Black residents also perceived a racial aspect to the violence, but from a different angle. “They didn’t take the black little boy first,” said Cynthia Riley, 50, “they just took the Jewish guy. It was a racist thing like that.” In the offices of the Crown Heights Community Mediation Center, I was struck by the fact that deputy director Sharon “Ife” Charles took care to refer to 1991 not as a “riot” but as “the incident.” Rep. Yvette Clarke said that others refer to it as “the disturbance.”) When I pressed Charles on the racial nature of the violence, she said, “We need to be careful how we are using the words ‘racist’ and ‘anti-Semitic.’”
But the anti-Semitic aspect of 1991 is impossible to deny. The day after the car accident, Chana Lipkind said her 20-year-old daughter was subjected to a barrage of “anti-Semitic garbage” by black youths in the street. Sitting in her doctor’s office on President Street, Lipkind calmly recounted how her home, near the corner of President Street and Utica Avenue, was attacked. “My front door got taken off its hinges by people pounding against it,” she said. “There was a black family sitting on its stoop and telling people, ‘That’s a Jew’s house’ — which was kind of hard to deal with.” Even today, Lipkind said that if she hears a commotion outside, her first reaction is to stop whatever she is doing. “You find yourself thinking: ‘Let’s stop. What’s going on?’” Lipkind said.
That fact that many Jews in Crown Heights see the riot as a pogrom shows just how deep the wound of 1991 cut. A riot is a public disturbance, usually fueled by social injustice. A pogrom is an irrational outburst of violence, fueled by anti-Semitism. A riot can be explained away more easily than a pogrom. But Jonathan Kaufman, author of “Broken Alliance: The Turbulent Times Between Blacks and Jews in America,” first published in 1988, said he believes that the “pogrom” label is misplaced in Crown Heights. “There’s no question in my mind that most of the violence was blacks committing crimes against Jews,” Kaufman said. “But a pogrom is part of a historical mindset about Jews, and it’s often organized not at a local level, spontaneously, but by governments or by churches.”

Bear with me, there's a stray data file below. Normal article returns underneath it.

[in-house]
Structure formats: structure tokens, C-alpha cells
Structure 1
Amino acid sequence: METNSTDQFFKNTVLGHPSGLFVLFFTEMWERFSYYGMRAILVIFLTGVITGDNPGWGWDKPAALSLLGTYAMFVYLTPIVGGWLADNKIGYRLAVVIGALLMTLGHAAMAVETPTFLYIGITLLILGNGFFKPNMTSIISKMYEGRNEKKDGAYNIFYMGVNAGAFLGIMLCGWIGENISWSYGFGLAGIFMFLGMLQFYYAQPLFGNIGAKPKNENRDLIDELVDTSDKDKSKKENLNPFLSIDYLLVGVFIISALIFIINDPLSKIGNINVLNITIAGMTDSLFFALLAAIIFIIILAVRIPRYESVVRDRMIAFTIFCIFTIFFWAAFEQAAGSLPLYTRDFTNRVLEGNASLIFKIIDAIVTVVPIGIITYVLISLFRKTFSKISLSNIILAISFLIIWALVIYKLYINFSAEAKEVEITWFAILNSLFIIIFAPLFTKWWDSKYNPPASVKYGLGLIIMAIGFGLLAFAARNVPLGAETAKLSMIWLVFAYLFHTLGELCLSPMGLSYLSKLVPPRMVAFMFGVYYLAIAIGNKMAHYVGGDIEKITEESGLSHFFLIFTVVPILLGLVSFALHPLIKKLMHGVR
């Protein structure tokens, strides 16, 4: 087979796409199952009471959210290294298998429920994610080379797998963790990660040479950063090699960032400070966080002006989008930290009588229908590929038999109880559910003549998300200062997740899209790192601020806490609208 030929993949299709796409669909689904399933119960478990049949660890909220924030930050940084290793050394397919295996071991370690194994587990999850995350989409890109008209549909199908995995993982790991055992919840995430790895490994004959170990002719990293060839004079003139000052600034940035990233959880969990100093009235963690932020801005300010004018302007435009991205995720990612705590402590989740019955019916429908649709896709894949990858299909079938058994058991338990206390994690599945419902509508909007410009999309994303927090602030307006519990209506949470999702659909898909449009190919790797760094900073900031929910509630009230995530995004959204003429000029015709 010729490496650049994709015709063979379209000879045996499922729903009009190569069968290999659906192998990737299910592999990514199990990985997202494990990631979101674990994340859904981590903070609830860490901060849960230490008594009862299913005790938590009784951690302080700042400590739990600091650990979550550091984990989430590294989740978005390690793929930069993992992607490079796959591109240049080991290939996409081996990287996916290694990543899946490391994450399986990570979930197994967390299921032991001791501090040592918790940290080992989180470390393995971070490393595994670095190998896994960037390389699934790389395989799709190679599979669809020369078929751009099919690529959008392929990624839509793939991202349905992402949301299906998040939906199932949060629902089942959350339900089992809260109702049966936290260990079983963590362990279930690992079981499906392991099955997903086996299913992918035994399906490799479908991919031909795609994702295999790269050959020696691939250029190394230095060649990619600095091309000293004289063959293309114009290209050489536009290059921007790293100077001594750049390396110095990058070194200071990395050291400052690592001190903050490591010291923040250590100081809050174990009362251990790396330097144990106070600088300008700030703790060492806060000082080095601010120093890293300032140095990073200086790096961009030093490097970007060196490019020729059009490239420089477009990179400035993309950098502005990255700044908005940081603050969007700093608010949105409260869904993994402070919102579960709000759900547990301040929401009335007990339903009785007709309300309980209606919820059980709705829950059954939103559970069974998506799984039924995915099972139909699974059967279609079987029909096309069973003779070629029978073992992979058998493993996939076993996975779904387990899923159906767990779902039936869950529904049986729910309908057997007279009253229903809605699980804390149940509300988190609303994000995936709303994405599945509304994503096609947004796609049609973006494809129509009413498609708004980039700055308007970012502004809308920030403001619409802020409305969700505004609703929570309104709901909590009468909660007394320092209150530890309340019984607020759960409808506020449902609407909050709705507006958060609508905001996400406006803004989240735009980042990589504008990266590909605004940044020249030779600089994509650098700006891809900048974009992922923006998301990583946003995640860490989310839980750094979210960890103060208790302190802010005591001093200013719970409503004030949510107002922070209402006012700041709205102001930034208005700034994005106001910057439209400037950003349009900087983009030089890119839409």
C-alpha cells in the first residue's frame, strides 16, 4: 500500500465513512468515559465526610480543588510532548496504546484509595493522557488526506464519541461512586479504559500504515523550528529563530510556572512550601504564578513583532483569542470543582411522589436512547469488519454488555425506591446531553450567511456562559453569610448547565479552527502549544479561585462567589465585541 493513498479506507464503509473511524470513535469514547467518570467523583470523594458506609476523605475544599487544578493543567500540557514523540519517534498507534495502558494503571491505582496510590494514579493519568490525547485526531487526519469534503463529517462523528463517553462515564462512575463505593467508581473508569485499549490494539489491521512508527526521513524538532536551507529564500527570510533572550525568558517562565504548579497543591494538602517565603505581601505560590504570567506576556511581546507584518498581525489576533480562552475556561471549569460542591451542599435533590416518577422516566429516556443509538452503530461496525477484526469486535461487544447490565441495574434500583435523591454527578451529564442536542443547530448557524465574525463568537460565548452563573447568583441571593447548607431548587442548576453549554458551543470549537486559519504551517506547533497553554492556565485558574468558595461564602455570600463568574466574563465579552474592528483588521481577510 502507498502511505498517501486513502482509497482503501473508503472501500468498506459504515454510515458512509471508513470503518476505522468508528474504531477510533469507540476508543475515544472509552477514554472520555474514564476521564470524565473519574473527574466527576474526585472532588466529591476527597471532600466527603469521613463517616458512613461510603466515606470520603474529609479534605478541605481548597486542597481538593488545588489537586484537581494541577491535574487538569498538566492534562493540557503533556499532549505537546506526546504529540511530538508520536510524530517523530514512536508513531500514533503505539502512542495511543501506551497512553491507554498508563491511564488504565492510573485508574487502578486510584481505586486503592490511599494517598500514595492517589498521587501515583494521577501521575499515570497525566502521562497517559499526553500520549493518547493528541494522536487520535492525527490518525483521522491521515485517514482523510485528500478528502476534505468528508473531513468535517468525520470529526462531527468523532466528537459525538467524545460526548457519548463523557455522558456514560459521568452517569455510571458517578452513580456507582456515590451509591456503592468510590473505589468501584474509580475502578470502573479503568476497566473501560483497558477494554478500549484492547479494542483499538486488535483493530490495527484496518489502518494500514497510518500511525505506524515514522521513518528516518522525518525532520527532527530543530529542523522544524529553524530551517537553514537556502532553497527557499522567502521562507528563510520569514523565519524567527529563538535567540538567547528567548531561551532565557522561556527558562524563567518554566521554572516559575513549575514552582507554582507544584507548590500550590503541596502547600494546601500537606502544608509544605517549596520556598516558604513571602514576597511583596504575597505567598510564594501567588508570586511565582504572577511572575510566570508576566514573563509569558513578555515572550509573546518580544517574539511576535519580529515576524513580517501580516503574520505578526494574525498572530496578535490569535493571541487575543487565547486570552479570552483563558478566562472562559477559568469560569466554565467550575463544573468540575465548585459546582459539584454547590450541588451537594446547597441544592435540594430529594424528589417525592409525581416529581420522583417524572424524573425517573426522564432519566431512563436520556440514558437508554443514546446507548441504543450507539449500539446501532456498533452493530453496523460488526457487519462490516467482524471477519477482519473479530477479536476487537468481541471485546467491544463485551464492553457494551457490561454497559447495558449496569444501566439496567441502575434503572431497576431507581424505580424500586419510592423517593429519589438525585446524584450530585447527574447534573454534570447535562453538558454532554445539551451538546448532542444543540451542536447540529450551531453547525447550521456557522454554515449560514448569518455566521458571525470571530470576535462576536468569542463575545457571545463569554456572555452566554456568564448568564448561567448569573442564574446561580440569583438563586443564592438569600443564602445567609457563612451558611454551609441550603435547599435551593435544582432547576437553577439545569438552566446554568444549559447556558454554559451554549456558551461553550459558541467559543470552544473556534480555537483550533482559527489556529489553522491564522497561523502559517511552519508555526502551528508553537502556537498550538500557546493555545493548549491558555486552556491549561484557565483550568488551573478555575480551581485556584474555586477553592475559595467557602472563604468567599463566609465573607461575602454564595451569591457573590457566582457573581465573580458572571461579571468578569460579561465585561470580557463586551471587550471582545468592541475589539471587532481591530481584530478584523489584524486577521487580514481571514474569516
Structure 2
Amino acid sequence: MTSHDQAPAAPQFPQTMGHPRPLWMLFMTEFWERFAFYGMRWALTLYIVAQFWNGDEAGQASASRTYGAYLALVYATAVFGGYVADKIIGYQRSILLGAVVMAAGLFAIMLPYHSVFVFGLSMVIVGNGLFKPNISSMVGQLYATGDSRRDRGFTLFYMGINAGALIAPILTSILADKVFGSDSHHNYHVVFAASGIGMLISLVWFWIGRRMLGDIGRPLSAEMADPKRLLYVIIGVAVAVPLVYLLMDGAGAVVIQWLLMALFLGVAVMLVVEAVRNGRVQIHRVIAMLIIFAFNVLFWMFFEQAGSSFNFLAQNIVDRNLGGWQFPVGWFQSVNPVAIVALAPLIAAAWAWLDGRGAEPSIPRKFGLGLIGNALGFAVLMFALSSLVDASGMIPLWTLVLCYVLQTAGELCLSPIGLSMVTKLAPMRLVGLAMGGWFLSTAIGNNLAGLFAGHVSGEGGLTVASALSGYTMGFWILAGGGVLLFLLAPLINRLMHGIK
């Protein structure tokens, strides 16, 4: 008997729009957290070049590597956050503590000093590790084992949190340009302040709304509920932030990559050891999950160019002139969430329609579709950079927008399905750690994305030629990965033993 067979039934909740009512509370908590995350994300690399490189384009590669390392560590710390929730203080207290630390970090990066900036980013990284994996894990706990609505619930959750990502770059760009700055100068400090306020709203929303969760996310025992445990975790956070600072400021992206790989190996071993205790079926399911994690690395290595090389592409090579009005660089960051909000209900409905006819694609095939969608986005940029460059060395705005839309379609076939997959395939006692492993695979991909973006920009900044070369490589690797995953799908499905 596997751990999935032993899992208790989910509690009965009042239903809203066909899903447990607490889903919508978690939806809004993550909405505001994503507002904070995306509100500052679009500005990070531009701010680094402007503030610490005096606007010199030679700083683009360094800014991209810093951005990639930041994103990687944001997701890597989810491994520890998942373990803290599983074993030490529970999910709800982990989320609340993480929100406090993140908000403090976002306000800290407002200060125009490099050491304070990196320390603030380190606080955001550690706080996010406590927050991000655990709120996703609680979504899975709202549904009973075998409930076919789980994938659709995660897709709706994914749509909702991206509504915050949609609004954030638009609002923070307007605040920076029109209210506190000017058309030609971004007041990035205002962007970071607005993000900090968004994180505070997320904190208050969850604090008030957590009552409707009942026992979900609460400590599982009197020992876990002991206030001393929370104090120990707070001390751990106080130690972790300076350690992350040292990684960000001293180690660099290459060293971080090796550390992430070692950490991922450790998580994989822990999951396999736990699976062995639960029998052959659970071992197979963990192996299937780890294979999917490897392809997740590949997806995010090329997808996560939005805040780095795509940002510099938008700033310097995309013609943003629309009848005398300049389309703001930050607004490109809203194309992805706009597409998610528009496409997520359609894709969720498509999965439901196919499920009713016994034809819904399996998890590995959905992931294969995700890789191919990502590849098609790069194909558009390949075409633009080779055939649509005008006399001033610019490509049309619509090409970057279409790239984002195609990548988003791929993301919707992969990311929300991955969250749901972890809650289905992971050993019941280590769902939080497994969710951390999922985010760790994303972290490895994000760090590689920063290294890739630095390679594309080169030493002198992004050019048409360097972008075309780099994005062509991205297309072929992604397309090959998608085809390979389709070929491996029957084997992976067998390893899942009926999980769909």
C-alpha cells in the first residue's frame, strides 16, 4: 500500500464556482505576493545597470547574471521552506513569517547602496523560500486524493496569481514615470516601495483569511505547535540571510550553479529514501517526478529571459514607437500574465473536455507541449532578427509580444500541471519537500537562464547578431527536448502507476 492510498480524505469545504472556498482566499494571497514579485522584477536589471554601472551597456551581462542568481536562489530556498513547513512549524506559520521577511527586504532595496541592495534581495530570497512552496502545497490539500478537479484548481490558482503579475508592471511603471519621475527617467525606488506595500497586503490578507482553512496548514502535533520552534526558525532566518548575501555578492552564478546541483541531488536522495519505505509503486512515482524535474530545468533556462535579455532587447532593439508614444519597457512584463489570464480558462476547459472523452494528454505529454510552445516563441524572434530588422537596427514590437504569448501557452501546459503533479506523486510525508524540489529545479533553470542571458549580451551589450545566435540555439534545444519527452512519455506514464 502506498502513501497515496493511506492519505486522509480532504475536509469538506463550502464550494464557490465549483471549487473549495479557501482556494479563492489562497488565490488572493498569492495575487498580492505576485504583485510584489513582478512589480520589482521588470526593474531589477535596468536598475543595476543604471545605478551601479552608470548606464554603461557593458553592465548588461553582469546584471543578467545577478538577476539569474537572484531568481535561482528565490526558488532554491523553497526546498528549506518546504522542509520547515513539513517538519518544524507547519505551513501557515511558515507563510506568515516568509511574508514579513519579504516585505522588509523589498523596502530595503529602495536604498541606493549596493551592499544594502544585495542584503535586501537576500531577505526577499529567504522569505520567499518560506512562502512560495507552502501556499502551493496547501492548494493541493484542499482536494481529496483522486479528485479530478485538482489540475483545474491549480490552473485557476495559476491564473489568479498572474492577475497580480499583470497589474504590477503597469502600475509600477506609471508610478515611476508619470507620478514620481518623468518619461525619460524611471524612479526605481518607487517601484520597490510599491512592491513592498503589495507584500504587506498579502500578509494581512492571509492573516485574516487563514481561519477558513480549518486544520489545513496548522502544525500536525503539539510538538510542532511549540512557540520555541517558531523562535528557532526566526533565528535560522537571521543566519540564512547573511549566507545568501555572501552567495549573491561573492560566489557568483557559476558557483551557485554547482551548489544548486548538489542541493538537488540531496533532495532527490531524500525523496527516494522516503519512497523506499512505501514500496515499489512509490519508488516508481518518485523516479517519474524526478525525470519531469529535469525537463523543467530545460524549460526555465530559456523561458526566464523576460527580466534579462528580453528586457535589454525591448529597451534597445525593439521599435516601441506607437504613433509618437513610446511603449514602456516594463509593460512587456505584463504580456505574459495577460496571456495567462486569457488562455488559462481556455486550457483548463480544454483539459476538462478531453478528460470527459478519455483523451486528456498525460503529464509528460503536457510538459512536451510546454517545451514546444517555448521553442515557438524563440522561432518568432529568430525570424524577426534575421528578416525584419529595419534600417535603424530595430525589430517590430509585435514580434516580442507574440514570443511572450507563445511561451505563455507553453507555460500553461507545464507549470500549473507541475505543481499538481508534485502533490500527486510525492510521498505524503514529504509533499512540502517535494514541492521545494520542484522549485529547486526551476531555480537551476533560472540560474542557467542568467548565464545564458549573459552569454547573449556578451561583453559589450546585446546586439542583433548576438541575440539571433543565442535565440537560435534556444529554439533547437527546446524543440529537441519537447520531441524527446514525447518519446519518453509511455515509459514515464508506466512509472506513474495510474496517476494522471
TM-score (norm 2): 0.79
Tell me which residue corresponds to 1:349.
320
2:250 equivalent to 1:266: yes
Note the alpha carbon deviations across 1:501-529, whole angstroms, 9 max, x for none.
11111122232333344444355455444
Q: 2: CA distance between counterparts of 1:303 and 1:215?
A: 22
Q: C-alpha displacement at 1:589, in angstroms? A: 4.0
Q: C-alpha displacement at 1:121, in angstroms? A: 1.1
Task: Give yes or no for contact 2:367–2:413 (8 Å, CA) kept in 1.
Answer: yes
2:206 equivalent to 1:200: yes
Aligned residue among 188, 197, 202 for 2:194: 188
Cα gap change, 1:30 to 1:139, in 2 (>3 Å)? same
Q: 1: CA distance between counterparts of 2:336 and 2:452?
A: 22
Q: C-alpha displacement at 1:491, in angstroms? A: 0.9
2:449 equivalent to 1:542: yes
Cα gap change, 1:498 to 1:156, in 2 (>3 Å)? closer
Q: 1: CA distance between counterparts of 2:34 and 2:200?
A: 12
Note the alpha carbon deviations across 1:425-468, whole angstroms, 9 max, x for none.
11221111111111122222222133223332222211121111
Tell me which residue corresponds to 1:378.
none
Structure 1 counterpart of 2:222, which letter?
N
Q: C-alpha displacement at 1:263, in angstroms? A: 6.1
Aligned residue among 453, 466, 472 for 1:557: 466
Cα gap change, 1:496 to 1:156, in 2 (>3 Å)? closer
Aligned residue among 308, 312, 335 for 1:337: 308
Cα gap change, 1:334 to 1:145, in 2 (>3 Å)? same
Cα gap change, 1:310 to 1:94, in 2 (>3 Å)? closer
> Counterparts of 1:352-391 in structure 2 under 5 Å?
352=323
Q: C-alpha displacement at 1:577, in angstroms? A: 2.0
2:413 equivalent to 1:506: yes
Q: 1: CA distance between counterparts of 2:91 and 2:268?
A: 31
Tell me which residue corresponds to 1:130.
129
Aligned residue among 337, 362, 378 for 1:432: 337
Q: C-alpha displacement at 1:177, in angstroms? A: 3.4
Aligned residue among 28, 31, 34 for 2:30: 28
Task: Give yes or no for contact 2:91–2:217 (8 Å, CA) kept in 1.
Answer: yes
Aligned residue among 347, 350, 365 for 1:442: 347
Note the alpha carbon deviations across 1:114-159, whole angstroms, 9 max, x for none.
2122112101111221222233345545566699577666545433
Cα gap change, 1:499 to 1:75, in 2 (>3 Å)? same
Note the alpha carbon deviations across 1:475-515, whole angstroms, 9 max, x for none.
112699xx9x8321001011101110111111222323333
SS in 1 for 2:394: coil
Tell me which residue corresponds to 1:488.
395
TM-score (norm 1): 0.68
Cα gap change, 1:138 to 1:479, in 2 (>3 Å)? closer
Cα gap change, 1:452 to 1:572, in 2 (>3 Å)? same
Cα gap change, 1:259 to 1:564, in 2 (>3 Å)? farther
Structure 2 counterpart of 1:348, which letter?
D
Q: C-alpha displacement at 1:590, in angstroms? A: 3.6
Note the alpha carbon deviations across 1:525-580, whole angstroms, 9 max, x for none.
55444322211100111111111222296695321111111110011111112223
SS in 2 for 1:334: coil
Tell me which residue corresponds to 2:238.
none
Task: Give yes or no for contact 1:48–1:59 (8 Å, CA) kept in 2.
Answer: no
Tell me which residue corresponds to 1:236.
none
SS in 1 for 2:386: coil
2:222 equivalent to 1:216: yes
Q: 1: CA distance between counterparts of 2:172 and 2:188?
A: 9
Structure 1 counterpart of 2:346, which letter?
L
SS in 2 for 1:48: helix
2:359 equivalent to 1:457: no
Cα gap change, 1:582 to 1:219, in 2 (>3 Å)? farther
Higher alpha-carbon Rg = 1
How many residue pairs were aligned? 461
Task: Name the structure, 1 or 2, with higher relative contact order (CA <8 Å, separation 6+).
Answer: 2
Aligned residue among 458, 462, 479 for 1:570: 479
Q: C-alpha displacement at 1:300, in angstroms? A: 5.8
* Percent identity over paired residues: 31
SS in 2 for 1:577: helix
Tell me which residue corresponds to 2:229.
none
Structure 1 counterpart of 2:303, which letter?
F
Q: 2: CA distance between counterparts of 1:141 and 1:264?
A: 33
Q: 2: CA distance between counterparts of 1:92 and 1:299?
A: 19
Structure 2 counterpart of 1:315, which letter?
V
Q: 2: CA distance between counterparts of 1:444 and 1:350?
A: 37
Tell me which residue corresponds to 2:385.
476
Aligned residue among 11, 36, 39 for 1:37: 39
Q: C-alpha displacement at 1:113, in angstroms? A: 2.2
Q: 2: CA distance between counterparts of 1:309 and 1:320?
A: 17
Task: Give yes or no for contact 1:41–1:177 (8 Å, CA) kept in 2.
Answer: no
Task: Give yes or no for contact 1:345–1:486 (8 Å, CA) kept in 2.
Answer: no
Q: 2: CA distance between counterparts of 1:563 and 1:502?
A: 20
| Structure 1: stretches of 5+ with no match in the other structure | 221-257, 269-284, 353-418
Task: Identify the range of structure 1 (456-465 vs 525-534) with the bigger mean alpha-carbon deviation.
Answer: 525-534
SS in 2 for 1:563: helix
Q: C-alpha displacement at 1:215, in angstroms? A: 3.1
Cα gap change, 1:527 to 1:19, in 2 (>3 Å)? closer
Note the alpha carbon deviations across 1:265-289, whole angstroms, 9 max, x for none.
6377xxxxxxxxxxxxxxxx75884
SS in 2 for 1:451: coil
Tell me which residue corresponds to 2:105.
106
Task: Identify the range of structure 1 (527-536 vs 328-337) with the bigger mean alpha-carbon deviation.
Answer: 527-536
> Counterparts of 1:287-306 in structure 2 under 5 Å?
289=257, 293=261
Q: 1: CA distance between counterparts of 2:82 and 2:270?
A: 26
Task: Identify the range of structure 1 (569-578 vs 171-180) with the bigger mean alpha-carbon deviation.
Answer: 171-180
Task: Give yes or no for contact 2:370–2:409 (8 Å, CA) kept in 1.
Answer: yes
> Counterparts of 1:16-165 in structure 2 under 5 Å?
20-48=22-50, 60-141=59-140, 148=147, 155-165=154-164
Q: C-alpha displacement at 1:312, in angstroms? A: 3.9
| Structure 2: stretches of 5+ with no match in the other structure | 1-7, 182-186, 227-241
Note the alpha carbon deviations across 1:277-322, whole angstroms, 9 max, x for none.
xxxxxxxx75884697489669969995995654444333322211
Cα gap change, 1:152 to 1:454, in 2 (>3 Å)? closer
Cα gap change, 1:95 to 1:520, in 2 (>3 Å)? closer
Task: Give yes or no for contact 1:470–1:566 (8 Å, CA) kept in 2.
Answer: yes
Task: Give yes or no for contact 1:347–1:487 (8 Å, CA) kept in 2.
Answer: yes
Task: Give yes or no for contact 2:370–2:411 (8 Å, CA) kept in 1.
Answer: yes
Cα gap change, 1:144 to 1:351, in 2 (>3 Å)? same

In Crown Heights there was no such organization. Instead, the facilitators were black firebrands, such as Sonny Carson and Al Sharpton, who swept into the neighborhood on a wave of righteous indignation, haranguing public officials and calling for “justice.” These black leaders demanded that Yosef Lifsh, the Hasidic driver of the car that killed Gavin Cato, be arrested. When Mayor David Dinkins, an African American who had been elected a few years earlier in the hope that he would calm interracial tensions, insisted that, according to the law, only a grand jury could indict the driver, it further infuriated black protesters.
Sharpton and Carson led a march that turned ugly on the third day of the riot, when protesters peeled away from their preplanned route. They burned the Israeli flag outside Lubavitch’s international headquarters and harangued the mayor, who was visiting a nearby school to calm tensions. Delivering the eulogy at Cato’s funeral the following week, Sharpton labeled the Jews of Crown Heights “diamond merchants” and drew a direct parallel between them and apartheid-era South African diamond mine owners. Journalist Philip Gourevitch, who reported on the riot for the Forward, said Sharpton was the consummate opportunist. “Sharpton was a vulture who would go in and take on anybody’s funeral, shouting about justice as if anything that stirred emotion was a good occasion to exploit for the general feeling that there was injustice towards the black community,” Gourevitch said.